7. This is certainly a situation worth wondering that the Left in this country is still unable to understand where they went wrong.Left should have been synonymous with the fighting spirit of the working class but they seem content to be ‘seriously’theorising on the possibilities of working class movements only and its counter agents.We need not only an ideological base to do our politics but sincerely come on the ground from the perceived victories and moral high ground.The poor people of this country who are strained under the policies of neo-liberalism need a vanguard who is with them marching ahead which is nowhere in sight which is really painful.Comrades how many meetings will you call to just understand the face of the state and discuss on tactical lines of course correction.When the rot is not only visible but the stink is realisable from a distance the left led by CPI[M] seems to be oblivious of all this.I see the biggest politics of opportunism by the brahmanic left in india and sometimes pause to reconsider the allegation that why there are no leaders in pollit bureau and higher decision making bodies of the left parties from the different caste and ethnic groups of india.This takes me to one of my friend’s saying that brahmins have always been ahead in doing or initiating any new venture of social and political import so Brahmins are ahead in even criticising brahminism!

    At a time when the subversion of the nature of development is on the rise to suit the vested interests of a few at the cost of others the left should not only enlighten the people through efficient criticisms and discussions in the parliament but their incessant participation in the social movements of the people should be the way forward.But i find the Bengal unit of CPI[M] only having remorse of leaving congress party as the reason behind their rot.This smacks of their willingness to grab power back in the state only and no further change.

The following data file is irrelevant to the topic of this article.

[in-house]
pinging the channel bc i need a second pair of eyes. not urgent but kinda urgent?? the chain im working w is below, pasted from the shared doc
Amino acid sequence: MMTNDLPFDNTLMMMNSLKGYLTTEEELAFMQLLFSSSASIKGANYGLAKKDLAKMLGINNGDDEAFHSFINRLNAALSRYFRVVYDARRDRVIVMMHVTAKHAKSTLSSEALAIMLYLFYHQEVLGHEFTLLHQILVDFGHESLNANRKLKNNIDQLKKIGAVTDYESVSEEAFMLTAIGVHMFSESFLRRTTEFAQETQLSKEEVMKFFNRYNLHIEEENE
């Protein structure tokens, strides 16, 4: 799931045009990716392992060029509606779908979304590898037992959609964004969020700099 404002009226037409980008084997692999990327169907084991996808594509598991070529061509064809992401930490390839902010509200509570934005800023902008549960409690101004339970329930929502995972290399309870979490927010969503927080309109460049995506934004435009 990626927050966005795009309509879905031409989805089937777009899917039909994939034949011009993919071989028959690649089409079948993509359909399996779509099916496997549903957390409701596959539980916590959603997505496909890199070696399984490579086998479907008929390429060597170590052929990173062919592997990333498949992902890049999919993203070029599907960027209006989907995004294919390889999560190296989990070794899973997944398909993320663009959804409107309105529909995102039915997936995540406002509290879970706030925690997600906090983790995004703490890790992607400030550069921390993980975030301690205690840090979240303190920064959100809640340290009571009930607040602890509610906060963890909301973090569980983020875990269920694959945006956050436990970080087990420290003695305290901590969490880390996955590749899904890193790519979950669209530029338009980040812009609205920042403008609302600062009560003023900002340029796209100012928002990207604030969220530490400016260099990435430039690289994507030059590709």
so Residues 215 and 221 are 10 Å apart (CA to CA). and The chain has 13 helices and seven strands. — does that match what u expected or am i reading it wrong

I sincerely believe that the Left should go to teeming millions of people who are struggling day and night for their liberation without any support.One does not need to go far to seek such examples.The ISI private guards in JNU are denied holidays on Sunday and even not paid for that.If this consists of labour reforms then the left should think where it stands in a left campus as this symbolises the microcosm of the larger situation in India at present.


  8. On a even cursory observation, one can see that leftist organisations are active in almost every state agitating about different but interrelated issues. I have often wondered why don’t they come together and announce a coalition, like syriza, if not a party. I have often felt that kafila should take a lead on this issue. They need not lose their individual identities but merely add on their reports,articles and website a postscript identifying them as members of such a coalition. That’ll Atleast make people familiar with their names and possibly present an alternative to the current parties. If only!